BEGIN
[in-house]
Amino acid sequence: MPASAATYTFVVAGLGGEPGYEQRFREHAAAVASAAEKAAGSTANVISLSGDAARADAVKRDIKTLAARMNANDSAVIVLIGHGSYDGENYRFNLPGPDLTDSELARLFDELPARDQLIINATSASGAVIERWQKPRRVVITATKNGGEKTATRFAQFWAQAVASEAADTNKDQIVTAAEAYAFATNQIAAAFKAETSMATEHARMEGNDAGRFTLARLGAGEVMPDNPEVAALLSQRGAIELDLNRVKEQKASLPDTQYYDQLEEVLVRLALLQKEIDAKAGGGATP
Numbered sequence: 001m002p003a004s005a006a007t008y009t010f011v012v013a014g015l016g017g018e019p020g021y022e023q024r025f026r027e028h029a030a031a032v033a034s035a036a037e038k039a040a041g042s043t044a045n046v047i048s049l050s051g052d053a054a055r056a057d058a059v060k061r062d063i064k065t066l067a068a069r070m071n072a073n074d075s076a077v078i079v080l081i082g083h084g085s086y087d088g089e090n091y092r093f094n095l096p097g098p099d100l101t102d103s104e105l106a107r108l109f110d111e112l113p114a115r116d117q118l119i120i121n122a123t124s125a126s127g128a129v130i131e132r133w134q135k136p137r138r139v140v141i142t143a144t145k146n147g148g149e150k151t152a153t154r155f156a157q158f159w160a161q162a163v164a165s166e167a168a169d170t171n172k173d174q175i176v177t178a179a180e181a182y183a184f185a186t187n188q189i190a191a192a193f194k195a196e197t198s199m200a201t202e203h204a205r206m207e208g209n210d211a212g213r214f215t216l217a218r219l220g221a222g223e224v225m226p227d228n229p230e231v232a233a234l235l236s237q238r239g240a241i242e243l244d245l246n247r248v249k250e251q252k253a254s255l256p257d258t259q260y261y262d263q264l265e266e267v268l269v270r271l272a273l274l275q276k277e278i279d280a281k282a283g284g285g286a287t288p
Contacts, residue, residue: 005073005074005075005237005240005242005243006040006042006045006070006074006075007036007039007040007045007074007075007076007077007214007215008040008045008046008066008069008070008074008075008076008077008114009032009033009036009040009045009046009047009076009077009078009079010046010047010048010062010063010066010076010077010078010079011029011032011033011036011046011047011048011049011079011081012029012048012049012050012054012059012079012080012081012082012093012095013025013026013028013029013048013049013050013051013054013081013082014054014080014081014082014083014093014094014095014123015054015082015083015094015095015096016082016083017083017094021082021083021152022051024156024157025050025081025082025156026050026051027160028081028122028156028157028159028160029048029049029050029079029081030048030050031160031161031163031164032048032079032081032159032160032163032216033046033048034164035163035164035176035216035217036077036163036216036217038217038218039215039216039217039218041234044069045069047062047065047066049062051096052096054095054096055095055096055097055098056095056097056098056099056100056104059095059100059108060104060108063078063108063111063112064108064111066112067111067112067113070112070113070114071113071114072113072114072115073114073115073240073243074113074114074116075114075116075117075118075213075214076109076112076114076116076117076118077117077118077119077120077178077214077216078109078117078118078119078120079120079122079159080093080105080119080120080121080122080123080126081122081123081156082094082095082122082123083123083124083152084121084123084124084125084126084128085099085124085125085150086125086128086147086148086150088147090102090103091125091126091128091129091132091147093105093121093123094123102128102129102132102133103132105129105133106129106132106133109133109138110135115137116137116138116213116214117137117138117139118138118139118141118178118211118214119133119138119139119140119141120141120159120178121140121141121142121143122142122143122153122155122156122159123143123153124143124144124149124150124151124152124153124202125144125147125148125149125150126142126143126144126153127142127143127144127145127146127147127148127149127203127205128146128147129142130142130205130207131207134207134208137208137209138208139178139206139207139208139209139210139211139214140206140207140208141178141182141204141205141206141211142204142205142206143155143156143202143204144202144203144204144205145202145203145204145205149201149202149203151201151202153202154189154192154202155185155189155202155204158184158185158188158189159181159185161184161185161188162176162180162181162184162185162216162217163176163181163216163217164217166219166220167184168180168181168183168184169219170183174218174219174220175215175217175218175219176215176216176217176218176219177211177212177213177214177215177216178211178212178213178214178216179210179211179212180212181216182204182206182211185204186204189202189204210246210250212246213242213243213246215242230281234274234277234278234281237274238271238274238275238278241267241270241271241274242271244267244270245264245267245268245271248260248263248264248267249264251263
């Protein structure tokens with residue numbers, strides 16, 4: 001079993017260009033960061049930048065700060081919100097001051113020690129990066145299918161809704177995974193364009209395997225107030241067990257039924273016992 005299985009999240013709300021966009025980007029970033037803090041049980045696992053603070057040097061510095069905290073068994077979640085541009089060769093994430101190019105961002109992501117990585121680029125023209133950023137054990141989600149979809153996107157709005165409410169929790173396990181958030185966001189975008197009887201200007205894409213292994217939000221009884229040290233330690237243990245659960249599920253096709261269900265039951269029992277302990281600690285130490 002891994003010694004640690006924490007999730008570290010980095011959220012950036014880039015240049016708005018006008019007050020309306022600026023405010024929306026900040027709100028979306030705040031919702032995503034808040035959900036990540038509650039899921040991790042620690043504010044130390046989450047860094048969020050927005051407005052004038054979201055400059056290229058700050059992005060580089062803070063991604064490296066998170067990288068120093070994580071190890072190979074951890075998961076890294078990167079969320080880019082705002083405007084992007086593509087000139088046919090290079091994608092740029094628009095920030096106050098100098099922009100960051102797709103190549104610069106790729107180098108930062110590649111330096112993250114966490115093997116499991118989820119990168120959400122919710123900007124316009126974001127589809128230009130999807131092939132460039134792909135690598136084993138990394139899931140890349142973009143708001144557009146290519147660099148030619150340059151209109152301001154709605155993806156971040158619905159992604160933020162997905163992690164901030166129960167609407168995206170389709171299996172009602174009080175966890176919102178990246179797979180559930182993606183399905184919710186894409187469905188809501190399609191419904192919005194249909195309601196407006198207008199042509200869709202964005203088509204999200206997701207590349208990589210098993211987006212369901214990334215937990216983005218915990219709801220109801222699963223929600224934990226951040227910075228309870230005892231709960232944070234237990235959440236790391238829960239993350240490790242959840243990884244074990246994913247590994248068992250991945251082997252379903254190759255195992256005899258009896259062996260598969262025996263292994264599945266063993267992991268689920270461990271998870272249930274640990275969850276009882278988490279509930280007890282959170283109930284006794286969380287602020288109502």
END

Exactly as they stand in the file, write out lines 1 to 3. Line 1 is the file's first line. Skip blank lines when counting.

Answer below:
[in-house]
Amino acid sequence: MPASAATYTFVVAGLGGEPGYEQRFREHAAAVASAAEKAAGSTANVISLSGDAARADAVKRDIKTLAARMNANDSAVIVLIGHGSYDGENYRFNLPGPDLTDSELARLFDELPARDQLIINATSASGAVIERWQKPRRVVITATKNGGEKTATRFAQFWAQAVASEAADTNKDQIVTAAEAYAFATNQIAAAFKAETSMATEHARMEGNDAGRFTLARLGAGEVMPDNPEVAALLSQRGAIELDLNRVKEQKASLPDTQYYDQLEEVLVRLALLQKEIDAKAGGGATP
Numbered sequence: 001m002p003a004s005a006a007t008y009t010f011v012v013a014g015l016g017g018e019p020g021y022e023q024r025f026r027e028h029a030a031a032v033a034s035a036a037e038k039a040a041g042s043t044a045n046v047i048s049l050s051g052d053a054a055r056a057d058a059v060k061r062d063i064k065t066l067a068a069r070m071n072a073n074d075s076a077v078i079v080l081i082g083h084g085s086y087d088g089e090n091y092r093f094n095l096p097g098p099d100l101t102d103s104e105l106a107r108l109f110d111e112l113p114a115r116d117q118l119i120i121n122a123t124s125a126s127g128a129v130i131e132r133w134q135k136p137r138r139v140v141i142t143a144t145k146n147g148g149e150k151t152a153t154r155f156a157q158f159w160a161q162a163v164a165s166e167a168a169d170t171n172k173d174q175i176v177t178a179a180e181a182y183a184f185a186t187n188q189i190a191a192a193f194k195a196e197t198s199m200a201t202e203h204a205r206m207e208g209n210d211a212g213r214f215t216l217a218r219l220g221a222g223e224v225m226p227d228n229p230e231v232a233a234l235l236s237q238r239g240a241i242e243l244d245l246n247r248v249k250e251q252k253a254s255l256p257d258t259q260y261y262d263q264l265e266e267v268l269v270r271l272a273l274l275q276k277e278i279d280a281k282a283g284g285g286a287t288p